By Sharon Calingasan
Director: Michèle Massé
“The windows of life are youthful ones, with new ideas.”
This documentary by Michèle Massé is a candid and introspective account of four lesbian women who discuss their sexuality and related issues. The film doesn’t only tackle lesbianism, it also discusses old age and the sexual and societal limitations placed upon older women. Interestingly, while Boti, Empar, Jocelyne and Micheline acknowledge their old age, they all agree that they don’t feel old as they continue to pursue their passions. Boti, who is active with the LGBT rights movement, says she feels young as she’s in the company of young people most of the time and feels the desire to enjoy life fully as she is involved in a concrete struggle. Micheline words it beautifully when she says, “homosexuality doesn’t keep you from getting old but falling in love does”.
Empar, who is happily married to a woman, discusses how lesbianism wasn’t even discussed during her younger years. She reveals her past close relationship with a nun and fondly recounts her sense of satisfaction and relief despite not really knowing how to articulate the experience. When remembering this time, she declares that “male anatomy seems to be a woman’s sexual fate but for women it was more of affection and tenderness”. Boti, who is now divorced, also provides a peek into her younger life through photos and a brief account of her marriage to a woman named Beatrice. Her statements give hints of a very independent and open personality. According to her, “if you’re not openly what you are, then you are nothing.” This strong statement is indicative of someone who definitely knows what she is, what she wants in life and the direction in which her life is going.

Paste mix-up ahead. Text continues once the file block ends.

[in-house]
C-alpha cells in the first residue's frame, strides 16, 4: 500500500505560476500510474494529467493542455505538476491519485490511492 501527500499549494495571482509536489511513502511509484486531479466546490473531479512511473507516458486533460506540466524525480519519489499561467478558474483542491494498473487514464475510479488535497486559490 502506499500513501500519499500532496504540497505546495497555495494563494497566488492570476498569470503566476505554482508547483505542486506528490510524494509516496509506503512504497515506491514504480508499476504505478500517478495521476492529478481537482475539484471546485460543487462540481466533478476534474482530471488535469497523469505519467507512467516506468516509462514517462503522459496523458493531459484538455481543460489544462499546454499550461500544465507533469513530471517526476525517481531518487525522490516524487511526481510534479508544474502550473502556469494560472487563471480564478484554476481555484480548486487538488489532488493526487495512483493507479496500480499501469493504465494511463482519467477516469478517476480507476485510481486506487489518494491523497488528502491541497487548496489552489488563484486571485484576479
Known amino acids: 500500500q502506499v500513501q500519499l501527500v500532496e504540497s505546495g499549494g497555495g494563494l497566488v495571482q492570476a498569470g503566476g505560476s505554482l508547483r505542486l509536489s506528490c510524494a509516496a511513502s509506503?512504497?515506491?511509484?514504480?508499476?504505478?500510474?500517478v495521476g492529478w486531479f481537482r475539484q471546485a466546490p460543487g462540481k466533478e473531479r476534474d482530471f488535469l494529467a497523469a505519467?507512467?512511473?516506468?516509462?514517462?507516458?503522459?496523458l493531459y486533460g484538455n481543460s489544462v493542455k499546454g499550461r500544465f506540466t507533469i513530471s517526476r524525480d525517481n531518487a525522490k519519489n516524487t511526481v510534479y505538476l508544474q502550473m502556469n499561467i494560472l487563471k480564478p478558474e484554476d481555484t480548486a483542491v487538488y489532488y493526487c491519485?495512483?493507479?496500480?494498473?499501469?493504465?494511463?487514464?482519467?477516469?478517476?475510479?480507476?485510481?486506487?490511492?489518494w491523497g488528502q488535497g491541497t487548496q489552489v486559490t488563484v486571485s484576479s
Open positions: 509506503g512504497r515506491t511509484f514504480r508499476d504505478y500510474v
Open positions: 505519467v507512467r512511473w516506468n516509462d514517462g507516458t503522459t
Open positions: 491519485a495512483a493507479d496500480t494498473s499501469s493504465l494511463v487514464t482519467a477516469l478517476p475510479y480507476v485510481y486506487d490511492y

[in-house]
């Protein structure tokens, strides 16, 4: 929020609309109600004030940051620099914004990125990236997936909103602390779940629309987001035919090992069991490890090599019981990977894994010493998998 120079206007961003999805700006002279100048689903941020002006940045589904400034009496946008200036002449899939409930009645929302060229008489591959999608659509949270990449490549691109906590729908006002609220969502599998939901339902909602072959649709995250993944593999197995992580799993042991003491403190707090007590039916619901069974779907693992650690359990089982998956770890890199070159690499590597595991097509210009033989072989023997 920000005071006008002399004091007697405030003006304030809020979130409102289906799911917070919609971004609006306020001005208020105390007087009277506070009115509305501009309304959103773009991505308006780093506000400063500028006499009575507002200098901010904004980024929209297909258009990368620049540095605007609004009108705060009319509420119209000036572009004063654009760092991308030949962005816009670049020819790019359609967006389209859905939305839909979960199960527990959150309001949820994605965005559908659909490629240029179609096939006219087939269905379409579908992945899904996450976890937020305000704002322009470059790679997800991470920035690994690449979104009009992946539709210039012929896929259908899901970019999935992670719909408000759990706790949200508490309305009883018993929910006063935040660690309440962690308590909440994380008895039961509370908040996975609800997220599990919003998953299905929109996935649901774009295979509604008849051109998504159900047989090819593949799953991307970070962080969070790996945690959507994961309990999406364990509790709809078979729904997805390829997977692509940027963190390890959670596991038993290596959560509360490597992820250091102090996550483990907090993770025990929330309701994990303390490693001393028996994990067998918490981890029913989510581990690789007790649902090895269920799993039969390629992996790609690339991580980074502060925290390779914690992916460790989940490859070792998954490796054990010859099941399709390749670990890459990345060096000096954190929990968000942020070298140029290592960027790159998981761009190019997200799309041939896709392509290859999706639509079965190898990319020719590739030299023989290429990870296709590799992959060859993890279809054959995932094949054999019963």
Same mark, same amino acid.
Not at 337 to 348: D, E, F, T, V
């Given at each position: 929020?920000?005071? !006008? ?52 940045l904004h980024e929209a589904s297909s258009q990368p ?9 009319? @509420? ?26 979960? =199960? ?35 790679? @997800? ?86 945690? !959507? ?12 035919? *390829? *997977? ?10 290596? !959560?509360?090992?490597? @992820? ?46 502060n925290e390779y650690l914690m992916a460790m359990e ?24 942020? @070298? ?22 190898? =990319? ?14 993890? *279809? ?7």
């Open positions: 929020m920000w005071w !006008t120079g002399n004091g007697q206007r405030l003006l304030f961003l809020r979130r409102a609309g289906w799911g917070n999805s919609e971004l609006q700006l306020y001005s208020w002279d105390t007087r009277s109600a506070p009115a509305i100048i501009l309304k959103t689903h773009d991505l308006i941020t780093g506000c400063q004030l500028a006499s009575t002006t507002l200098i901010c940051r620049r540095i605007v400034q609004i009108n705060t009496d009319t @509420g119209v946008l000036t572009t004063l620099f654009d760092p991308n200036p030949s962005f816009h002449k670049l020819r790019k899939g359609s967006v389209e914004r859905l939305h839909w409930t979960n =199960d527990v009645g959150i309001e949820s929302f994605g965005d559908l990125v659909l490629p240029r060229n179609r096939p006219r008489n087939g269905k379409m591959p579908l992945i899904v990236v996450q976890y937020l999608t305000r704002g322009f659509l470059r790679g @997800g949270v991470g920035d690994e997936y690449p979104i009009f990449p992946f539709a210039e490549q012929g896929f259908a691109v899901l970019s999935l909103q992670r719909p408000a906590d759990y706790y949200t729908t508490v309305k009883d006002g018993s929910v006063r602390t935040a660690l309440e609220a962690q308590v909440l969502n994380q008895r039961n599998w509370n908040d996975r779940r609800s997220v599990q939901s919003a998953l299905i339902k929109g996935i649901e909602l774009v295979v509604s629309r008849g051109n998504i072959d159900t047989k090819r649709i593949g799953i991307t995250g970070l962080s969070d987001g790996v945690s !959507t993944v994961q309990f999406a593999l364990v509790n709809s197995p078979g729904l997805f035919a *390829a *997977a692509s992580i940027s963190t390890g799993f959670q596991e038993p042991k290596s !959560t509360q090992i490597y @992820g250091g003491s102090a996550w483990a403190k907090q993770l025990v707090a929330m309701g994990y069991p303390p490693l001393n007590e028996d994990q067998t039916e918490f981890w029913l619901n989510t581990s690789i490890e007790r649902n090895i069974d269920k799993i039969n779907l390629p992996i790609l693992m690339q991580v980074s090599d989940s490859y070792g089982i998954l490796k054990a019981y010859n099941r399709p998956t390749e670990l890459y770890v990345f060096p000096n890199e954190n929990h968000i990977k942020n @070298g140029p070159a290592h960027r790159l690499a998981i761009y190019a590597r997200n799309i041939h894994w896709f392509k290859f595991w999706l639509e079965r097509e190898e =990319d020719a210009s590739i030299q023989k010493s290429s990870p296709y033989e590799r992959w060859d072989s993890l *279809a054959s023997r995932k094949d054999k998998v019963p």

Paris-based couple Micheline and Jocelyne act like honeymooners despite being two older women. The scene in which the pair recollect their first meeting and their first exchange of messages is one that will stay with viewers, especially when Jocelyne plants a firm but tender kiss on Micheline’s forehead. It’s a very emotional moment and one can’t miss the teary-eyed Micheline during that particular scene. Another memorable scene sees Micheline speak candidly, albeit briefly, about their sexual life while Jocelyne reacts impishly by kissing her hand fondly and the two exchange a shared look of love.
In conclusion, this documentary genuinely captures the honesty with which Boti, Empar, Micheline and Jocelyne open up about their sexuality and discuss their thoughts on issues of homosexuality, homophobia and ageing. For Empar, seizing the day fuels her youthful energy, while Micheline and Jocelyne agree that it’s the hope of finding true and lasting love that keeps them young. Nevertheless, for Boti, it’s actively pursuing the struggle for the acceptance of LGBT rights that allows her to feel young and to always keep an open mind.
Watch Open Windows on FilmDoo now!
FilmDoo also recommends: